Poker Community Talks About Paul Magriel
Paul Magriel passed away last week at the age of 71. There are likely a lot of people reading this who don’t know who Paul Magriel was and if you are one of them, I highly suggested taking a tour of the internet to find some videos of him. He was an eccentric player, with his disheveled appearance, odd nickname (X-22)*, and penchant for declaring “quack quack” when he raised, creating one of the all-time great characters in poker history. Though he faded from the consciousness of most of the poker community since the poker boom, he remained in the hearts of many. Let’s take a look at what the poker world is saying about Paul Magriel (typos, punctuation, etc. remain uncorrected).
Over on Two Plus Two, long-time poker player and author, Ray Zee, shared his thoughts:
i met paul when he first came out to vegas and played in the mid higher stakes poker games. then he was more so called normal and played very well. he was one of the nicest people you could ever meet and always respected others and their thoughts. he listened to people when he knew the answer already and never started any arguments.
later he became more amusing and everyone always liked paul for who he was. he wrote the premier backgammon book at the time and knew more about poker than most of the pro’s. paul didnt care about money, but making things exciting was more of his interest.
people like paul made poker history and improved the fun in the game to make poker what it is today. lets hope more people make things fun for others as well.
Also Two Plus Two, a poster named Moneyline had this to say:
Paul overcame a lot to survive in the gambling world. I played low-stakes with him when my bankroll was low, and I have no doubt he could have beat the higher games I’ve played in. But what impressed me about him was not his poker skill. I was impressed by his ability to always stay positive, friendly and generous with his knowledge. I was impressed by his ability to survive in the gambling world while facing internal challenges I can’t even fully comprehend. Even when people gave him grief for his ticks and and appearance, which was frequent, he always handled the situations with good humor. In his own way, Paul had class.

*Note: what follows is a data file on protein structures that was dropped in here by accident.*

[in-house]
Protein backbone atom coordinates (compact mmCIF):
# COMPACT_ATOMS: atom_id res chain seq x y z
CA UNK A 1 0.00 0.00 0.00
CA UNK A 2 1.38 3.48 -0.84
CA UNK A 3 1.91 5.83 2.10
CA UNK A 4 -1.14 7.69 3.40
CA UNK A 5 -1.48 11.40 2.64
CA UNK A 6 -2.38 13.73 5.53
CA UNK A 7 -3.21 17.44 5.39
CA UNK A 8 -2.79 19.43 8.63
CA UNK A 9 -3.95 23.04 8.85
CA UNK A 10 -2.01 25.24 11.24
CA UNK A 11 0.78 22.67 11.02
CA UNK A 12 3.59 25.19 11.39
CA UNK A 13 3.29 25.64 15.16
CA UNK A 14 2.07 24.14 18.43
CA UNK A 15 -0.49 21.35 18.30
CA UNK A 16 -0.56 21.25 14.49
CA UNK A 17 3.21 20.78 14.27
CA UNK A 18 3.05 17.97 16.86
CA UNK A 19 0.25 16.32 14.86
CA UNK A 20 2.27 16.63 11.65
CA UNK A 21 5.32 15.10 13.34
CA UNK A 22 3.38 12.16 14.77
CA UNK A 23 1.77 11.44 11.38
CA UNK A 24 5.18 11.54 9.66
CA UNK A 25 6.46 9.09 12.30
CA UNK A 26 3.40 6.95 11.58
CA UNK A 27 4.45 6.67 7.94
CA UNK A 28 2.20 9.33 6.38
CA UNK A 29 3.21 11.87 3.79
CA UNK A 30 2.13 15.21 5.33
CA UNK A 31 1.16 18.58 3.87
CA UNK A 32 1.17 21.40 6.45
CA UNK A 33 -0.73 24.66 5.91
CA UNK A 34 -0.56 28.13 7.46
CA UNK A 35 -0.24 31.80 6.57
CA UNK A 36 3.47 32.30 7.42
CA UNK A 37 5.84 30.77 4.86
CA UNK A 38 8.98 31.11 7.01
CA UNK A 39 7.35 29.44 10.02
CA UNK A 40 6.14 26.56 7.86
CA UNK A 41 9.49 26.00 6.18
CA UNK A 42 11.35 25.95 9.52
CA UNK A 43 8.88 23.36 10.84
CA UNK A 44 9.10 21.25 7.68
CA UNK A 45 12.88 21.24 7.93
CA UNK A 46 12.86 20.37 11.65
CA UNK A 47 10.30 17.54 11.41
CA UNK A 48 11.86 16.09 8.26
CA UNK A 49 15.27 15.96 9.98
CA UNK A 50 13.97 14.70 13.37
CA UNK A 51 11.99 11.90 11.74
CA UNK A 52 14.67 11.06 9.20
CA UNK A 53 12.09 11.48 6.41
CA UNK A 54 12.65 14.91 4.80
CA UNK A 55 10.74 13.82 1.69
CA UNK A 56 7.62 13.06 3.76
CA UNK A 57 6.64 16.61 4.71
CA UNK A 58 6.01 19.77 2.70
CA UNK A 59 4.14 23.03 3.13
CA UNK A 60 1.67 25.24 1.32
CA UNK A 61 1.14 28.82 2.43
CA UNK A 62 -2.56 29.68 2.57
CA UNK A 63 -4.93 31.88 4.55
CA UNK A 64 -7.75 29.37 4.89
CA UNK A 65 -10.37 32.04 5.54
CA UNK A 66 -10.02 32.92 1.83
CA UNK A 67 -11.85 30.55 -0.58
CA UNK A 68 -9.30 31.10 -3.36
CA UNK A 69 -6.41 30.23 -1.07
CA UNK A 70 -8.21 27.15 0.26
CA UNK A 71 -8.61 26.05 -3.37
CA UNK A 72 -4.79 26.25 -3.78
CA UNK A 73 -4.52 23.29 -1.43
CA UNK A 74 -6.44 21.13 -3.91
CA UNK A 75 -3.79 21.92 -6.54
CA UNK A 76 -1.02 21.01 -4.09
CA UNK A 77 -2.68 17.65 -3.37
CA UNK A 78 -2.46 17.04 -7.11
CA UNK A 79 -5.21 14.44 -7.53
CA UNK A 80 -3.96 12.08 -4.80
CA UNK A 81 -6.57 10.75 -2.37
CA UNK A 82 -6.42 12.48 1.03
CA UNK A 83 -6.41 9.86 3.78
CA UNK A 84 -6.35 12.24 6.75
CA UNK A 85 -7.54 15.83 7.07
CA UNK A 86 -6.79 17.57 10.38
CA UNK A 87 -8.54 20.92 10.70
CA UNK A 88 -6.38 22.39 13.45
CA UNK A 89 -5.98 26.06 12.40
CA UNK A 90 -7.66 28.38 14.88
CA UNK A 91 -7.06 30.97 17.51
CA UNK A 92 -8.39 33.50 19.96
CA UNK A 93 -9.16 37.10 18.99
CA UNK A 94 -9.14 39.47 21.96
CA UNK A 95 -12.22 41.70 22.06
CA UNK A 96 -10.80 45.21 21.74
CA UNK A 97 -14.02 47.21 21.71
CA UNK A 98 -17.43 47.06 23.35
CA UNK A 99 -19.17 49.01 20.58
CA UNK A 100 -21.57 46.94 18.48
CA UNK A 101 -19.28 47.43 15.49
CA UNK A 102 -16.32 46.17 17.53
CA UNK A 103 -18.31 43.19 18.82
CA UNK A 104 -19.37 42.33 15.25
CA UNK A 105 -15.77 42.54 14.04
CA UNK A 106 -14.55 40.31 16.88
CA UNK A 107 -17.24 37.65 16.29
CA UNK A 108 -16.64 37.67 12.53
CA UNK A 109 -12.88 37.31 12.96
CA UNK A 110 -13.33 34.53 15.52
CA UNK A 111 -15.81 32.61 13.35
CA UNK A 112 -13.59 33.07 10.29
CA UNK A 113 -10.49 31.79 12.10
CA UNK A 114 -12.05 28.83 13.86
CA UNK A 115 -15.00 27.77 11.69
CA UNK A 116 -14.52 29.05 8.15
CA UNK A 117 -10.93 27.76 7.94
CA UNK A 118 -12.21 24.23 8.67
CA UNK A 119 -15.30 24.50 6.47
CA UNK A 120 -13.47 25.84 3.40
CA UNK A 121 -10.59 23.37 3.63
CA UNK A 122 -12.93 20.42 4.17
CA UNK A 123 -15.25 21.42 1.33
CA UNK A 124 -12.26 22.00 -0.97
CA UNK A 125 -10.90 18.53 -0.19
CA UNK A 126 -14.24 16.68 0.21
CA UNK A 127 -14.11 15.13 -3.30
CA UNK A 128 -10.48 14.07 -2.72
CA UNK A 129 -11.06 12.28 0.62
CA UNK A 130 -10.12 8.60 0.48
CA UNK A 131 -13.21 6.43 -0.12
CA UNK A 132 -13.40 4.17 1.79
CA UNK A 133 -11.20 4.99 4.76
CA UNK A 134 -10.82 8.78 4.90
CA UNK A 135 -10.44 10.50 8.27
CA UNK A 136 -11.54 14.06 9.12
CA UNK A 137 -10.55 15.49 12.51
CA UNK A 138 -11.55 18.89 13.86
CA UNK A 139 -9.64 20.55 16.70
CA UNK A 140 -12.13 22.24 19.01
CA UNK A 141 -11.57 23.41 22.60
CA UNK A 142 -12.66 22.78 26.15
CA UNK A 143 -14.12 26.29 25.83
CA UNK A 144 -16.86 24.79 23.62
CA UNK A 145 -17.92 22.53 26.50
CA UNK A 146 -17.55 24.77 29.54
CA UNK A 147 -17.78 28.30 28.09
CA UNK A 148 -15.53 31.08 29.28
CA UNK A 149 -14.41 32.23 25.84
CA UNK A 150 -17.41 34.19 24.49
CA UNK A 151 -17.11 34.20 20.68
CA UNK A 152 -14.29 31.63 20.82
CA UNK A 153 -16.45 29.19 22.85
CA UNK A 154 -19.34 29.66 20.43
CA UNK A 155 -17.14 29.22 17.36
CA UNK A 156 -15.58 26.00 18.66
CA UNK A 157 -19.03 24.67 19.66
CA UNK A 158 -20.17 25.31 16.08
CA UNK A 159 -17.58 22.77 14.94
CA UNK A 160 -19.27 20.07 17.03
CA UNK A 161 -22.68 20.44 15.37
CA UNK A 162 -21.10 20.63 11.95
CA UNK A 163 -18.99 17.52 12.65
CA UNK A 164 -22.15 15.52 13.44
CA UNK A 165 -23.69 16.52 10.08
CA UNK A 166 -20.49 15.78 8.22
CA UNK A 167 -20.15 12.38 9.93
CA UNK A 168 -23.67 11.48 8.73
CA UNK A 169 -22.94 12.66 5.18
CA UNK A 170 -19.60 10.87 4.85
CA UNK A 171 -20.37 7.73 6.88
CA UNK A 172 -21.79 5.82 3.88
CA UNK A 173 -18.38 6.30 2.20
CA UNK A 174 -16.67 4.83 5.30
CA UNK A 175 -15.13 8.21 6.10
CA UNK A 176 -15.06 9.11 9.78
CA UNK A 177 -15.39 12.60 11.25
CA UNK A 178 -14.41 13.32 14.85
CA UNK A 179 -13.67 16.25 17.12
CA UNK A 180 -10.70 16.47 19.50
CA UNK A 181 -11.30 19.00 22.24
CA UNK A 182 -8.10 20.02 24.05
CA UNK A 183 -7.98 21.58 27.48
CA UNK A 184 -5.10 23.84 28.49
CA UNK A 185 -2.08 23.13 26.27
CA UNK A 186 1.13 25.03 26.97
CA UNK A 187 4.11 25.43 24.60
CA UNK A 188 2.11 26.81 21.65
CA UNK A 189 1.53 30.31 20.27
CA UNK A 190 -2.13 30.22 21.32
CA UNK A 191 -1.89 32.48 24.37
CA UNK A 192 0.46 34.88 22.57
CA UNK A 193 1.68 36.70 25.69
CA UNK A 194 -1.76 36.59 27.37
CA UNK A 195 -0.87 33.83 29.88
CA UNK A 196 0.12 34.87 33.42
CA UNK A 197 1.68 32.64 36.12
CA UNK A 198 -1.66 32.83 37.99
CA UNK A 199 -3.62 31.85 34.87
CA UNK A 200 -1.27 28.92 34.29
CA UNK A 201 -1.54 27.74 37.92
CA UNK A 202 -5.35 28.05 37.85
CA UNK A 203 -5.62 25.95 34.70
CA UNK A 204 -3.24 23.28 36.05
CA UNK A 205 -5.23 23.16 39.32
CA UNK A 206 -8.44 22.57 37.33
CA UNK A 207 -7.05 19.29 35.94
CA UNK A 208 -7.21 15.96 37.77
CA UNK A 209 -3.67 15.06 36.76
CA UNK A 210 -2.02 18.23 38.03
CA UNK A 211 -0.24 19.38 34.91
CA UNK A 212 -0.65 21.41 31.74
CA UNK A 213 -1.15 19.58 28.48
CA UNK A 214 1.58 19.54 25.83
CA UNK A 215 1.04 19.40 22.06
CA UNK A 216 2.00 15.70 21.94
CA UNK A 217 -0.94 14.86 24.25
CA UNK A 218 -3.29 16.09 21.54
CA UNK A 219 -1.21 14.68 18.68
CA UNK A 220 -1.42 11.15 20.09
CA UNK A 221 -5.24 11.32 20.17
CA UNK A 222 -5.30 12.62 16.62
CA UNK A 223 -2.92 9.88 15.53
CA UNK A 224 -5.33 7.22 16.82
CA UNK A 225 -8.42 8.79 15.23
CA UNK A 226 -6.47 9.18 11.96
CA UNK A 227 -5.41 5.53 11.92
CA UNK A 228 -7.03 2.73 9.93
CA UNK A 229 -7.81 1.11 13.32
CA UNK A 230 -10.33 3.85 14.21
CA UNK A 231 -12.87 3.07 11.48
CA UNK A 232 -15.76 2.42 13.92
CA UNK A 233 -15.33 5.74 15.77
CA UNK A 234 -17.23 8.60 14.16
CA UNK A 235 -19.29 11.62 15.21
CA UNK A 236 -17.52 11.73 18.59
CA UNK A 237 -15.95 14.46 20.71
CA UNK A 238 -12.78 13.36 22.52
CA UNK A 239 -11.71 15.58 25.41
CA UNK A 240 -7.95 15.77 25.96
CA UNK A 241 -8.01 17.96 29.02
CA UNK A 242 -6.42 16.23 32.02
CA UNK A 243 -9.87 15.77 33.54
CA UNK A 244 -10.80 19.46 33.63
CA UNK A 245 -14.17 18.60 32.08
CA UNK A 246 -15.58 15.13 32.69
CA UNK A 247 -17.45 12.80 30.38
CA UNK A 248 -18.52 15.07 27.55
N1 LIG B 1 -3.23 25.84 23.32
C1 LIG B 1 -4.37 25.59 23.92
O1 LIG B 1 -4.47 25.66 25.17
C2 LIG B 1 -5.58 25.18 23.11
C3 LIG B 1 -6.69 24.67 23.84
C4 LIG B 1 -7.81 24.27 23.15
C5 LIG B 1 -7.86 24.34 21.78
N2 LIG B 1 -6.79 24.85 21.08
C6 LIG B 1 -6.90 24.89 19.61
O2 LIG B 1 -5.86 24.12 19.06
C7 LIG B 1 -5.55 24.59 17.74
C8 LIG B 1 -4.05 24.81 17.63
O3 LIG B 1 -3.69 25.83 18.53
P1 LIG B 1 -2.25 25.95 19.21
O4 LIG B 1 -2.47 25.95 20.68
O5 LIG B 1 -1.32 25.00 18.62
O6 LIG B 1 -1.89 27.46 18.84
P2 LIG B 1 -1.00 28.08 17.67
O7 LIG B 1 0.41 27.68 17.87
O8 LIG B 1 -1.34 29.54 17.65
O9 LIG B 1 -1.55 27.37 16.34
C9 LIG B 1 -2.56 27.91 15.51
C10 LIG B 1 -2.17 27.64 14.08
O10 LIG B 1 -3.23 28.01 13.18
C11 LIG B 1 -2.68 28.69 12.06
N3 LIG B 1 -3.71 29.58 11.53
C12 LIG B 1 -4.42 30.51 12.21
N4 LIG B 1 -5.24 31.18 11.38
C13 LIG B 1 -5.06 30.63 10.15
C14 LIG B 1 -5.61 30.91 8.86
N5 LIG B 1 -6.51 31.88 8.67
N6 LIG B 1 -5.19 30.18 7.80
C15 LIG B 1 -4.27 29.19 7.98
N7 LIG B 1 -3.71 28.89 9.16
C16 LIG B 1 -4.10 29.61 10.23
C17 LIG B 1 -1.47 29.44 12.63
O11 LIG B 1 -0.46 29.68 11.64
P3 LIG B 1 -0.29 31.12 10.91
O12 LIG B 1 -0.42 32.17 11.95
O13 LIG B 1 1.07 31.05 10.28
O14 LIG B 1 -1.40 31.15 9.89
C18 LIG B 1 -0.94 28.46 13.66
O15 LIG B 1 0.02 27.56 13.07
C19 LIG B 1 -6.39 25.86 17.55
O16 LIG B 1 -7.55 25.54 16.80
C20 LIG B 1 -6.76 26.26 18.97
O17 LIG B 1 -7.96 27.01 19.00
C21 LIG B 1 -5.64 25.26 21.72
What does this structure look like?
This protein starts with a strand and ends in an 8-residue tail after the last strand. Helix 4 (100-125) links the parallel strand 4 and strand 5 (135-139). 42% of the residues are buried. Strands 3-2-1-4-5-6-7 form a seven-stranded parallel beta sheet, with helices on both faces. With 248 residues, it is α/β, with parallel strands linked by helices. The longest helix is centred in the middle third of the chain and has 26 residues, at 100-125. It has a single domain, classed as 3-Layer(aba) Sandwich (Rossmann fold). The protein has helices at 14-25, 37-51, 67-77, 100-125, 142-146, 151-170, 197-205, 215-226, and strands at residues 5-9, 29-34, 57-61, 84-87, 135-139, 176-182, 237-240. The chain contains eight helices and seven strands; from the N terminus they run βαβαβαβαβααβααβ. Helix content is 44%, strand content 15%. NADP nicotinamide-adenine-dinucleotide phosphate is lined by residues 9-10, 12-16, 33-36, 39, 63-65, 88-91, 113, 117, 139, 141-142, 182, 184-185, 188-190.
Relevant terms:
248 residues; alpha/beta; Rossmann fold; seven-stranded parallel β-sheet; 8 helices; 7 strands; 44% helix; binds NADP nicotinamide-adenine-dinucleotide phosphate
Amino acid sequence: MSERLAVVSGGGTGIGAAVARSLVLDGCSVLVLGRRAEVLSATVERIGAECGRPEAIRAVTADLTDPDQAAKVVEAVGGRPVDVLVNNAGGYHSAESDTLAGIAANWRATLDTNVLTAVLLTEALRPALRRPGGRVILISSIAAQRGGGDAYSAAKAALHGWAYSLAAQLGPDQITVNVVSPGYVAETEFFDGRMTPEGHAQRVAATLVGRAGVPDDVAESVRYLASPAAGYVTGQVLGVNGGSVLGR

Erik Seidel tweeted, “Woke up to the sad news that backgammon legend Paul Magriel (X-22) has passed away. He changed the game w his book, was a generous & enthusiastic teacher, he changed my life & the lives of many others”
Nolan Dalla wrote a fantastic piece for his blog on Magriel, providing a rundown of the man’s fascinating life. Most poker players knew Magriel was a very good player, but they didn’t know his true genius. Dalla spoke to that:
You wouldn’t have known about Paul’s mastery of other games by looking at him in his later years, which were mostly spent grinding low-stakes poker games in Las Vegas, with the occasional tournament cash here and there. He rarely talked about his life before poker. The last time I saw Paul was a month ago. He was playing in a $70 buy-in nightly tournament at the Orleans.
Cynics might have gazed upon Paul, seen his wrinkled pants barely hanging around his waist, observed his distracting facial tics, and be very hard-pressed to imagine this same man was once a gaming giant who regularly dressed in tuxedos, dined at the world’s finest restaurants, and always flew first-class.
Indeed, Paul seemed to become what many old poker players become in the late autumn of their years, broken down men who long ago forfeited their riches and glory to old age and the creeping hands of all human clocks, their lost triumphs now long past in the rearview mirror of life, invisible to the casual eye.
Let’s finish with how Paul Magriel spoke of himself and his love of games. In a 1978 interview with Gambling Times magazine, he said:
I think I’m addicted to backgammon. I’m addicted to games in general. Games are controlled violence. You can take out your frustrations and hostilities over a backgammon set, where the rules are clearly defined — in contrast to life, where the rules are not so well defined. In games, you know what’s right and wrong, legal versus illegal; whereas in life, you don’t.
*Magriel actually gave himself the nickname “X-22.” He explained it to The New Yorker in 1977, saying, “I used to play backgammon against myself and once I had a private tournament with sixty-four imaginary entrants, whom I designated X-l, X-2, and so forth, through X-64. In the final, X-22 was pitted against X-34, and X-22 won.”